2003: Sold-out shows include band Chicago, Anne Murray; comedian Jerry Seinfeld; and motivational speaker Zig Ziglar. And, the Morris Bistro Restaurant opened in the lower level as “the Place to Go Before the Show” offering dinner before most evening performances and private events for up to 100 people.

2004: Sold-out shows include rock band Godsmack and jazz singer Harry Connick, Jr.; and the Broadway show Tony n’ Tina’s Wedding.

2005: On November 2nd, the unveiling ceremony held for the new $689,021 state-of-the art electronic marquee funded completely by donations from the community to Morris Entertainment, Inc. The new marquee replaces the original one that was removed from the building sometime in the late 1950s by previous owners and was temporarily replaced by a flat reader board. The new 57’ wide marquee, designed by Wagner Electric Sign Company of Elyria, Ohio, includes chaser lights, search lights, and a full color Daktronics ProStar display. Sold-out shows this year include: rock bands Styx and Alice Cooper; comedians Bill Engvall, Jerry Seinfeld and Larry the Cable Guy; Gospel band Gaither Vocal Band; and teen heartthrob Jesse McCartney.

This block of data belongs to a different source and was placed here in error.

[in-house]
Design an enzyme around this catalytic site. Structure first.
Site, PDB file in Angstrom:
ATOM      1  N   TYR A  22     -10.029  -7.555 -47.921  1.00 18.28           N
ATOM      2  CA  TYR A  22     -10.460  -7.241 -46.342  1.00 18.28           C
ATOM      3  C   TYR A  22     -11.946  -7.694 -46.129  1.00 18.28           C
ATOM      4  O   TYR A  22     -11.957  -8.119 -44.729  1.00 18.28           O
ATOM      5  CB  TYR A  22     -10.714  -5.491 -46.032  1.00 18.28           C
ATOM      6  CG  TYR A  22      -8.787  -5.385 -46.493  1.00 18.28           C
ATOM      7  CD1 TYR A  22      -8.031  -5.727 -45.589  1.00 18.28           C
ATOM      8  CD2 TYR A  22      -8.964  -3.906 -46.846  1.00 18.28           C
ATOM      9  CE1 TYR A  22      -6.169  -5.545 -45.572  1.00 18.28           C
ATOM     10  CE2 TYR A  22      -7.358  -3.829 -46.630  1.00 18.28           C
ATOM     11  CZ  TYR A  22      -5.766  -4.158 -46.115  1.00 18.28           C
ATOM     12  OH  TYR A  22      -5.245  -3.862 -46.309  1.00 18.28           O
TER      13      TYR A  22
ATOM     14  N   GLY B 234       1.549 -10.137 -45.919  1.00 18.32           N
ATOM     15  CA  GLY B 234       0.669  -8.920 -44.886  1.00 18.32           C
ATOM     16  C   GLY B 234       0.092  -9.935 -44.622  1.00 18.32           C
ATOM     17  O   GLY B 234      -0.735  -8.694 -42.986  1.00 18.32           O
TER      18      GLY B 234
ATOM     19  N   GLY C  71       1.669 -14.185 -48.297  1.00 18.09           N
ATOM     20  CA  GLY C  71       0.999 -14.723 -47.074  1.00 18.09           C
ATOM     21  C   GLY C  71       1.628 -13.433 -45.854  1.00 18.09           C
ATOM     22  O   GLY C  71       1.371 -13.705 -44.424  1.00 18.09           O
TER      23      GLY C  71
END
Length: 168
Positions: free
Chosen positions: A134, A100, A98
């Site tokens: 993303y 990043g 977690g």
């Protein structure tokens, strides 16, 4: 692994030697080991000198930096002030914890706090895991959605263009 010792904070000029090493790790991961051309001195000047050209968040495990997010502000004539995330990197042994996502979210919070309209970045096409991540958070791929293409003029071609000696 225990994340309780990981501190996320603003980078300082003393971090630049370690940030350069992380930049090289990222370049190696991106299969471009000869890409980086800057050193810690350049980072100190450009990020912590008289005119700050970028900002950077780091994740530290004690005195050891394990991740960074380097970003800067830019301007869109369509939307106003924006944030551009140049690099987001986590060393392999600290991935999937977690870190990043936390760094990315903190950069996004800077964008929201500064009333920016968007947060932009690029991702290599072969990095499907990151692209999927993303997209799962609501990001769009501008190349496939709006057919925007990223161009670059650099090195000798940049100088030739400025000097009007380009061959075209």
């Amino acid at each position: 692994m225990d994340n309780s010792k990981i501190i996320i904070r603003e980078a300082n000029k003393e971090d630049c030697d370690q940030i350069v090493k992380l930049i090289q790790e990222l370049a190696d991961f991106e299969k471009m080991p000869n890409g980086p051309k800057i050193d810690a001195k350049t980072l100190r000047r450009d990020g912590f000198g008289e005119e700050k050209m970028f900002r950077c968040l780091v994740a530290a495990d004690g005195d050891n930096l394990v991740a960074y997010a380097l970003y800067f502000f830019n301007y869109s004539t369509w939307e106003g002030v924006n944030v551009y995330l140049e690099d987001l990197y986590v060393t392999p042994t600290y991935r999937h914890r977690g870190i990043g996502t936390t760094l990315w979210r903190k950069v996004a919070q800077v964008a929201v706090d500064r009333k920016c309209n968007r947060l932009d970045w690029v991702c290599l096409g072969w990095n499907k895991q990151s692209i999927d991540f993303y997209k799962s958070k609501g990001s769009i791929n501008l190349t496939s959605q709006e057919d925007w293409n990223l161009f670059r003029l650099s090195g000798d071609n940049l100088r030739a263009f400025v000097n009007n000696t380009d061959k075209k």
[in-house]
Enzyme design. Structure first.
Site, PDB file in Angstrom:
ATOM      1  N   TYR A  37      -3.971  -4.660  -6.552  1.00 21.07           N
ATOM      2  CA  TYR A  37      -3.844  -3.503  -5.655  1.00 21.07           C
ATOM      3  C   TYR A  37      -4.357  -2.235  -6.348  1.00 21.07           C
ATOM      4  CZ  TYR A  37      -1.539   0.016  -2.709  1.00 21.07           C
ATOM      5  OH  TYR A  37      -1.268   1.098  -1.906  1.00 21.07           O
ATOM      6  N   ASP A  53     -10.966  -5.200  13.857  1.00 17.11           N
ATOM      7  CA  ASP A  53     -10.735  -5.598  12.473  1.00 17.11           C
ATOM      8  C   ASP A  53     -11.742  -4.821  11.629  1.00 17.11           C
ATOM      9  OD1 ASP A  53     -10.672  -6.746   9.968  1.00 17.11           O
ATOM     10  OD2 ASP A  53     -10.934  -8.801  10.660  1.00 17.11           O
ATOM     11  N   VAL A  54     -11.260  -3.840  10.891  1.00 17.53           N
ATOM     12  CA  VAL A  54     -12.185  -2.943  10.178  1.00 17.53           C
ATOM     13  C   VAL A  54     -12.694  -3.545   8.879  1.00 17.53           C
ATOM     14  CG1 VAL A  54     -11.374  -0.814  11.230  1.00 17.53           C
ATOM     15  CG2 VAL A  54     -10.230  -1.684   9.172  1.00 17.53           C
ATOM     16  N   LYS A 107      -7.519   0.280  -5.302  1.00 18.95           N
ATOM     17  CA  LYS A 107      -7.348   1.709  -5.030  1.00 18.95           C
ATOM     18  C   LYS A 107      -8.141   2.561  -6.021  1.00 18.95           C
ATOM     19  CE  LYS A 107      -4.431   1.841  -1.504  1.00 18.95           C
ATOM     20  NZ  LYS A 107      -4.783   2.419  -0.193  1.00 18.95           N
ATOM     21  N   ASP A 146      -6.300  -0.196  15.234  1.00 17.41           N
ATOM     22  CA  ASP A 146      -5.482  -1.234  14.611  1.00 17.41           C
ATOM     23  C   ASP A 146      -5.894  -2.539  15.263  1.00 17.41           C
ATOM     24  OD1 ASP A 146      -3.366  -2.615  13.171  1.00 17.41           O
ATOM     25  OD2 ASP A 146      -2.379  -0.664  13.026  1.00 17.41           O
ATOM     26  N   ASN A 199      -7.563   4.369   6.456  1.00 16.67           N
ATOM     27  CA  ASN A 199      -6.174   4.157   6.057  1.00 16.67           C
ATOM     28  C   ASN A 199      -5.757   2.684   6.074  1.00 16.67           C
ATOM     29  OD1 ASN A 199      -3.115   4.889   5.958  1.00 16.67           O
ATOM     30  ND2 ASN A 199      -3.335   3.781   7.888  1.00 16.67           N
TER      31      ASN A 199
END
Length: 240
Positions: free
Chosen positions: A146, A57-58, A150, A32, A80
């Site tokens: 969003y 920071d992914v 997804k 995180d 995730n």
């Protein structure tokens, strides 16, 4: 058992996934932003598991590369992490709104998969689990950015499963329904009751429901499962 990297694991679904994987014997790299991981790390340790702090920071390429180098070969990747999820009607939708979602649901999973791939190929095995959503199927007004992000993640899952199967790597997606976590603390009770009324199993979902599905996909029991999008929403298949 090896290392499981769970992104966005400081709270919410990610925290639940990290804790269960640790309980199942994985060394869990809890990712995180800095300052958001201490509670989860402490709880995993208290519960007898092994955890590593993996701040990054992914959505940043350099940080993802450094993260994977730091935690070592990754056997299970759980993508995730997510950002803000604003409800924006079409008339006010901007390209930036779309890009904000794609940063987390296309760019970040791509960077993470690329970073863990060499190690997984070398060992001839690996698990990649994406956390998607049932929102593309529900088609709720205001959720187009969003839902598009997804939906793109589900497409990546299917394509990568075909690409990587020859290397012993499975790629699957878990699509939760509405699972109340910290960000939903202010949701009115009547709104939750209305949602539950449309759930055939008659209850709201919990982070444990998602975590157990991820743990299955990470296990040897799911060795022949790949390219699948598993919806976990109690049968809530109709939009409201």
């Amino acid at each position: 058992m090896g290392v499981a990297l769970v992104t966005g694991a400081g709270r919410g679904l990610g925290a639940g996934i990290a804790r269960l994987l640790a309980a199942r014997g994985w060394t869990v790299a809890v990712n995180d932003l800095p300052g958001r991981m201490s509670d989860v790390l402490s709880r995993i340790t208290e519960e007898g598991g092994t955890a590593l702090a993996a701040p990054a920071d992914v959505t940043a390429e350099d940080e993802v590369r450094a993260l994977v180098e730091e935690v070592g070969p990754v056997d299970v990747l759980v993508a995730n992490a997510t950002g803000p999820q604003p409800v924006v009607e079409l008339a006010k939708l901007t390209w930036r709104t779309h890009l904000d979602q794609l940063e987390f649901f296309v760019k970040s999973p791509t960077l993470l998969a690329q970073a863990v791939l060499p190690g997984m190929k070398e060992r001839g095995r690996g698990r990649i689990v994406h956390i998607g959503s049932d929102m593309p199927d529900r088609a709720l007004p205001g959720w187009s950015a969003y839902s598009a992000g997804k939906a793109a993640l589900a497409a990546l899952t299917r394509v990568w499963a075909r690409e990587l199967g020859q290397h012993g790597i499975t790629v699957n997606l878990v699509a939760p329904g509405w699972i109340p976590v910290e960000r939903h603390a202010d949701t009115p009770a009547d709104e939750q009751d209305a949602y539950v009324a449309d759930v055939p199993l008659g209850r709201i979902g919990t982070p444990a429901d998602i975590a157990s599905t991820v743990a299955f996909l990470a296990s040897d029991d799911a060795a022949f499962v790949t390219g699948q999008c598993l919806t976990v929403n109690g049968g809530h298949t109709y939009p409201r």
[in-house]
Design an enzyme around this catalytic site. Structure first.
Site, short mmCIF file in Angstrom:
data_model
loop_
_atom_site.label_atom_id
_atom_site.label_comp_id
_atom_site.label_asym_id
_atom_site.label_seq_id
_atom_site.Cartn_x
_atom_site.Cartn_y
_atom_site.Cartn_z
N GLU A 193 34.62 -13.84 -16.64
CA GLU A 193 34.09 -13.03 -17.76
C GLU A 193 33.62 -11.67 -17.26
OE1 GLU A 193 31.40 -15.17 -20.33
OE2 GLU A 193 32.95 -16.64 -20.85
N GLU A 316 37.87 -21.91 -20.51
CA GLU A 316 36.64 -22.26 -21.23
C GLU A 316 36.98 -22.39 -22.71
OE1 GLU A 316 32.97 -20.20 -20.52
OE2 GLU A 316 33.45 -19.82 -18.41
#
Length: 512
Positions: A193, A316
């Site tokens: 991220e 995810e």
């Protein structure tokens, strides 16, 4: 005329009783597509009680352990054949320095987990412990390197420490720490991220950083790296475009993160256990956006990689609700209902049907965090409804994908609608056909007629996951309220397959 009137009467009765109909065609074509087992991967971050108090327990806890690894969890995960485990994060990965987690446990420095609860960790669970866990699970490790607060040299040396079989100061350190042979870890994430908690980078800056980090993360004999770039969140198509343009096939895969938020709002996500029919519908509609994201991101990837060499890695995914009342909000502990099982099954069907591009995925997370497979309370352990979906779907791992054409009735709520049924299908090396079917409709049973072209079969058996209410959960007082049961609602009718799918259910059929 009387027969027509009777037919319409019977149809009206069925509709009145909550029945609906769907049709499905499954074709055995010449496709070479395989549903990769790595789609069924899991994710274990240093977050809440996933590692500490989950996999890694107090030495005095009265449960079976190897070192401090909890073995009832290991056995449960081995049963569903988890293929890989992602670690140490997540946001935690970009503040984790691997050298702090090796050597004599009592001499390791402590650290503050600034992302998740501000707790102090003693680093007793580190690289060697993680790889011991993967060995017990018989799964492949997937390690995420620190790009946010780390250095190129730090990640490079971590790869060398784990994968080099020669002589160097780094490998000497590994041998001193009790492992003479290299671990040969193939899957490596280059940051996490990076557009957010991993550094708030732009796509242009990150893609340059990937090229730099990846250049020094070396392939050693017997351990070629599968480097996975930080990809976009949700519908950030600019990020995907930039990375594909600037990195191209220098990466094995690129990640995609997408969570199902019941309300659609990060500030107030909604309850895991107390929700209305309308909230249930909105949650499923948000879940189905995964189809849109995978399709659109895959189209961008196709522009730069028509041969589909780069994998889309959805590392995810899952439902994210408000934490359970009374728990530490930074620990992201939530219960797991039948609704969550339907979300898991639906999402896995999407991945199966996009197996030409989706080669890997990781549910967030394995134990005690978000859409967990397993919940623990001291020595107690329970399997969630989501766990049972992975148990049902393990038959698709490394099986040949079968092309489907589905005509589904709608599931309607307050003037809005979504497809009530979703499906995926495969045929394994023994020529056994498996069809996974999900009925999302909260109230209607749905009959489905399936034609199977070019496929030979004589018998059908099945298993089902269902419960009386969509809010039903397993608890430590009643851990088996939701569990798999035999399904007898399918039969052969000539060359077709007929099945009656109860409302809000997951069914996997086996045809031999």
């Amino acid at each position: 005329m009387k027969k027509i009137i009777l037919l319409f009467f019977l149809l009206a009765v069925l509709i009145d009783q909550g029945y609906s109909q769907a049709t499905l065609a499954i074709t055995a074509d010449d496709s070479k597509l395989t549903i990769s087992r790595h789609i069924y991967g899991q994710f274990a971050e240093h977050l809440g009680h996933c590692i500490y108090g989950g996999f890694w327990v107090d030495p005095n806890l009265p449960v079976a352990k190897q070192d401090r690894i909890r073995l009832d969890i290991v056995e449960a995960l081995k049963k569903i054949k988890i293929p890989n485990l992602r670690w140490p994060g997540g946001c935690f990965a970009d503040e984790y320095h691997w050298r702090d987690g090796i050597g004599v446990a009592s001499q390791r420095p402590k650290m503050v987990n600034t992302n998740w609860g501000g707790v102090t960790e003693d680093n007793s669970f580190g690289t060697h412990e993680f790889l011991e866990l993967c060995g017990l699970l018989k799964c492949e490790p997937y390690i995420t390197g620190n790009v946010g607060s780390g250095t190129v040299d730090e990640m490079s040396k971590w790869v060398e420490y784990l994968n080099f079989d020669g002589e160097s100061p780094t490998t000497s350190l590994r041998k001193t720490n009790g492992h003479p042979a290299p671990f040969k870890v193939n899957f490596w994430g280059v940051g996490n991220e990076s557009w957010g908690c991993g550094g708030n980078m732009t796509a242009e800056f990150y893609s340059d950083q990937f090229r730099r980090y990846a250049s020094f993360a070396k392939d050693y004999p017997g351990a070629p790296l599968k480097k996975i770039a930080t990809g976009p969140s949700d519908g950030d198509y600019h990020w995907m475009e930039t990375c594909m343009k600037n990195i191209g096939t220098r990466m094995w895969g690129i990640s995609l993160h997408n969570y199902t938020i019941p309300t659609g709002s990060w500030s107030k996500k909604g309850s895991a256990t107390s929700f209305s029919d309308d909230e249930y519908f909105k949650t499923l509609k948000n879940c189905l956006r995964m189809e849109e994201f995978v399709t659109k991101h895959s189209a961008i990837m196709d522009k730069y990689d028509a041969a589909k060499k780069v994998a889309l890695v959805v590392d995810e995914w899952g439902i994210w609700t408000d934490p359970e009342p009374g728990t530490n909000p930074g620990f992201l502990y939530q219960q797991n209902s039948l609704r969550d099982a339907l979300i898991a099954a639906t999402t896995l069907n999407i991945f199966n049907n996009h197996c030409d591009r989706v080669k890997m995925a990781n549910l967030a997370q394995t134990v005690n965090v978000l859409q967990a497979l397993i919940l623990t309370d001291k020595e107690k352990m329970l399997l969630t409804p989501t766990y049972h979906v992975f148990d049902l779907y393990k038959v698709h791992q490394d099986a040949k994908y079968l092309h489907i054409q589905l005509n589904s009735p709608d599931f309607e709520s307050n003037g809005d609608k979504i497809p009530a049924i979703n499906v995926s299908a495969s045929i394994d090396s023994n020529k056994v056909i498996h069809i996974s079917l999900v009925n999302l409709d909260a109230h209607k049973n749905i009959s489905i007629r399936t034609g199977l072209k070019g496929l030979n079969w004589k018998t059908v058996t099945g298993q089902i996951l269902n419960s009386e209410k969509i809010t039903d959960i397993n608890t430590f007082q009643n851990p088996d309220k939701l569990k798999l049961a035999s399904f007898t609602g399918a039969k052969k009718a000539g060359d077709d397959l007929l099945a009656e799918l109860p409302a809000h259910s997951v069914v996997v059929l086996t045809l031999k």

2006: On February 15th, pop/rock band The Moody Blues holds rehearsals for its new spring world tour and performs their first concert of the tour at the Morris. And on November 24th, Country artist Kenny Rogers rehearses and performs his first concert of his new “Christmas & Hits” show at the Morris. And, sold-out shows include: pop/rock artists Moody Blues, Chicago, Lynyrd Skynyrd, REO Speedwagon with Blue Oyster Cult, Staind, James Taylor; country artist Trace Adkins and Loretta Lynn; Christian bands Casting Crowns; comedians Friends of Bob & Tom; and Blue Man Group show.

2007: On May 10th, Economic Impact Study completed by Saint Mary’s College Department of Business Administration and Economics and Mathematics shows that the Morris has a $5.9 million economic impact on the City of South Bend. Sold-out shows include rock bands Goo Goo Dolls, Godsmack, ZZ Top; comedians Carlos Mencia, Ron White, Friends of Bob & Tom; and the show Celtic Woman.

2008: Sold-out shows include musical groups Crosby, Stills & Nash, Frankie Valli & The Four Seasons, and Mannheim Steamroller; and comedians Jeff Dunham and Bob & Tom Comedy All-Stars.